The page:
4D Molecular Therapeutics has reported interim safety and clinical activity results from the Phase I/II clinical trial, where its intravitreal 4D-125 demonstrated functional improvements in patients suffering from advanced X-linked retinitis pigmentosa (XLRP).
4D-125 is a directed and advanced R100-based product candidate of the company.
The ongoing Phase I/II dose-escalation and dose-expansion trial is analysing intravitreal 4D-125 to treat XLRP.
As of 1 September, eight subjects with clinically advanced XLRP due to RPGR gene mutation were recruited.
Findings showed that 4D-125 was well-tolerated in all eight subjects, including five participants receiving the highest dose.
No dose-limiting toxicities or serious adverse events were reported in the trial.
No chronic inflammation was noted, and transient, grade 1+ anterior chamber and/or vitreous cells were seen in two subjects at assessment timepoint defined by the single protocol.
Interim results also showed that two subjects experienced anatomical retina preservation in the treated eye versus the untreated control eye of the same patient.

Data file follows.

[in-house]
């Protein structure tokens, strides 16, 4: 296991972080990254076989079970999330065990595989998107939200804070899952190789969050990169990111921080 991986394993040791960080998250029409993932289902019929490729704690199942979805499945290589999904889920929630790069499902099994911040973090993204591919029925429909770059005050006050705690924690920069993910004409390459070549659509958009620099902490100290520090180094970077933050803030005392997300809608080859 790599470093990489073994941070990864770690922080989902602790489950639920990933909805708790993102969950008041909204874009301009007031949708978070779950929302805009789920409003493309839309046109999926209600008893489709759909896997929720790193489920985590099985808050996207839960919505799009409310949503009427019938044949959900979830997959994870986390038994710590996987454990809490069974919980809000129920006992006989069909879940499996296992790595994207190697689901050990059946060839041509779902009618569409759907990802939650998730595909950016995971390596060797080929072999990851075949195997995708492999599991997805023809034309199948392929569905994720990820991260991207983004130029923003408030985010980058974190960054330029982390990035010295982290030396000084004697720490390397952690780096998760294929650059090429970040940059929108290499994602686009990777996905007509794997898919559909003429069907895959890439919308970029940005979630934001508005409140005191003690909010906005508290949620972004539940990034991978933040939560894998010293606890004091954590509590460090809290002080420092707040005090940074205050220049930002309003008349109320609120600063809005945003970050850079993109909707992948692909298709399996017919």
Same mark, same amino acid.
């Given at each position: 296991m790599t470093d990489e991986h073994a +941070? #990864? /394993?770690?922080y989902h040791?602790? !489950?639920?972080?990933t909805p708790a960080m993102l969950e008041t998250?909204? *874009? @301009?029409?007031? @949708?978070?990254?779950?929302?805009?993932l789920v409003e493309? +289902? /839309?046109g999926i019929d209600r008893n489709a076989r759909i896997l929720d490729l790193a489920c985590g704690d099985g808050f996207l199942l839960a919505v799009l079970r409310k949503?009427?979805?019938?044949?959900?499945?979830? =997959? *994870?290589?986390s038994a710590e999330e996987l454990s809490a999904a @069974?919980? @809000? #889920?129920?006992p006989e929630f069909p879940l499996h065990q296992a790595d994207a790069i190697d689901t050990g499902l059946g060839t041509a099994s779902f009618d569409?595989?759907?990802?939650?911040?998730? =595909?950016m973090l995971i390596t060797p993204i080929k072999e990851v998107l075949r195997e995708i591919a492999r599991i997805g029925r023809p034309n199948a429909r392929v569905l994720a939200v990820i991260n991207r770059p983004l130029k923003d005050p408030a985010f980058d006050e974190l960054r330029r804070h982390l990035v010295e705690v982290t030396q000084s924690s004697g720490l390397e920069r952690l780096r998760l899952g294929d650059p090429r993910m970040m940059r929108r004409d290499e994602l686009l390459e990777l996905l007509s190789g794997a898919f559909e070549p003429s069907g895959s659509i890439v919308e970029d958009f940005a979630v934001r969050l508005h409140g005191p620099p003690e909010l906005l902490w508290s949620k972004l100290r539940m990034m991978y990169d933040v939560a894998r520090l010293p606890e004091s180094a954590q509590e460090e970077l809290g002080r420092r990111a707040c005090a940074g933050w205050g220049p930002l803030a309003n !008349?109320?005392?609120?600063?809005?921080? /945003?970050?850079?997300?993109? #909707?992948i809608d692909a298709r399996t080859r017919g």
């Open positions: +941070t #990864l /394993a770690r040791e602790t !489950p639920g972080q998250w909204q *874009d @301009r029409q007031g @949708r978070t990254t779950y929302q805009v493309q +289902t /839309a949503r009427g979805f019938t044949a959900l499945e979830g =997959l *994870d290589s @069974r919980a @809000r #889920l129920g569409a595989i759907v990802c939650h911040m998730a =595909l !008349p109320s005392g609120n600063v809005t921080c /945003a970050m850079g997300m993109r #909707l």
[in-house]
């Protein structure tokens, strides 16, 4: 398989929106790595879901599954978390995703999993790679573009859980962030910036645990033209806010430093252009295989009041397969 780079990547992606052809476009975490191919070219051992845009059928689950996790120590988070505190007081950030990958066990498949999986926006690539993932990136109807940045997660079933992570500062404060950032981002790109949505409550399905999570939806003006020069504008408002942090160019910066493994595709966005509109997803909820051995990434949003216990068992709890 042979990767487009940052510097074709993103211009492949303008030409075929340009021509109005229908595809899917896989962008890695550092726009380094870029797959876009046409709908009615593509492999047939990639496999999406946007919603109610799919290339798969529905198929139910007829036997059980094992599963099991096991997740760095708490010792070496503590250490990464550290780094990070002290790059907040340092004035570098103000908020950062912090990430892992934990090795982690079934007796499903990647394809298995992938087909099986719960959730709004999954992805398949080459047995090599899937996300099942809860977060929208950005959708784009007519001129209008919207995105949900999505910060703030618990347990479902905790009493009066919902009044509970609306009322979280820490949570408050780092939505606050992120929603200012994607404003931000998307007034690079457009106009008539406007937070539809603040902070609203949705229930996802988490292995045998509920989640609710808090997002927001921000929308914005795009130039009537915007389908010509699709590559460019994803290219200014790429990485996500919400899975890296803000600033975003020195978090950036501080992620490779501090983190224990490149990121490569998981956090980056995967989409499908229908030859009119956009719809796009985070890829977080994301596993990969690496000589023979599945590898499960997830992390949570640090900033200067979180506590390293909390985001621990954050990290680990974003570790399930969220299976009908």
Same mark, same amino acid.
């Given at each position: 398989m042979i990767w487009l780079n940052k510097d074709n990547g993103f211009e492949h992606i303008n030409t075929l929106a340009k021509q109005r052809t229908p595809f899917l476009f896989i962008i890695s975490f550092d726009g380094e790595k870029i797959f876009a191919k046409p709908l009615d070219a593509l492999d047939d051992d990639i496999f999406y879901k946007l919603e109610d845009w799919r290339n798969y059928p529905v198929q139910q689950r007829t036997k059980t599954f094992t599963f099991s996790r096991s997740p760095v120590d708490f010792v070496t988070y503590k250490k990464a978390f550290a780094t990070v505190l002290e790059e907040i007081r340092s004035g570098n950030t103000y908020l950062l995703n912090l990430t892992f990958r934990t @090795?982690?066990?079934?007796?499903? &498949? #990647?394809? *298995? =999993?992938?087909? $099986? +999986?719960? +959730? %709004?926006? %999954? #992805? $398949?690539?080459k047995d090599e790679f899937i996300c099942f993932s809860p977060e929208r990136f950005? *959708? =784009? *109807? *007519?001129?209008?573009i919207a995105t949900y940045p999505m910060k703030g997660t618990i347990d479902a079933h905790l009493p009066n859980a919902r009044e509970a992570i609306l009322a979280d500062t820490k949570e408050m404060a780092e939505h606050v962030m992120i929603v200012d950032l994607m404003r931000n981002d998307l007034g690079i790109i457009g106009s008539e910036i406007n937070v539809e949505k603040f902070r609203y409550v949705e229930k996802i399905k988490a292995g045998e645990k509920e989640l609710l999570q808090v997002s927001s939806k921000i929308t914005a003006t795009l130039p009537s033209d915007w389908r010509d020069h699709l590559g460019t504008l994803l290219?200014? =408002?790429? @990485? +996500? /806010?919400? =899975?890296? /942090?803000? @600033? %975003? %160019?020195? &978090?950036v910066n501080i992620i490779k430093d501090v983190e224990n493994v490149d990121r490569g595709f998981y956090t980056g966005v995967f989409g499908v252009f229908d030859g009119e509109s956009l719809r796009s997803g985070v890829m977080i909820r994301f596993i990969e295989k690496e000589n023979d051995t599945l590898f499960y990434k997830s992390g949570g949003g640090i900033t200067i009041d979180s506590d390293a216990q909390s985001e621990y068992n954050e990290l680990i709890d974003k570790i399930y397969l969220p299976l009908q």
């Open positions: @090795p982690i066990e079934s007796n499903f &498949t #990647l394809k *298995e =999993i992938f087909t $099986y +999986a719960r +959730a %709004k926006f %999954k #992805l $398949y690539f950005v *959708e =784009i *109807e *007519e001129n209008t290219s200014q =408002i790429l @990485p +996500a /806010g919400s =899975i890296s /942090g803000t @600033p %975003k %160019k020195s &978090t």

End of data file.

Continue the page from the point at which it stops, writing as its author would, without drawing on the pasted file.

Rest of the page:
Anatomical retina preservation was assessed by ellipsoid zone Area progression, which is a measure of intact photoreceptors.
Furthermore, two subjects had functional improvements as assessed by a rise in the mean retinal sensitivity and number of loci gaining ≥ 7dB sensitivity in the treated eye as against the control eye which is not treated.
The company plans to progress to enrolment in the dose-expansion cohort to include subjects with less advanced disease.
4D Molecular Therapeutics co-founder and CEO David Kirn said: “These are the first clinical data reported with a product invented from our Therapeutic Vector Evolution platform at 4DMT, and these interim data demonstrate clinical proof-of-concept for safety, tolerability and clinical activity.
“These data support our belief that 4D-125 is well tolerated and has the potential to both slow the progressive loss of photoreceptors in patients with XLRP after a single intravitreal injection and to improve visual function.”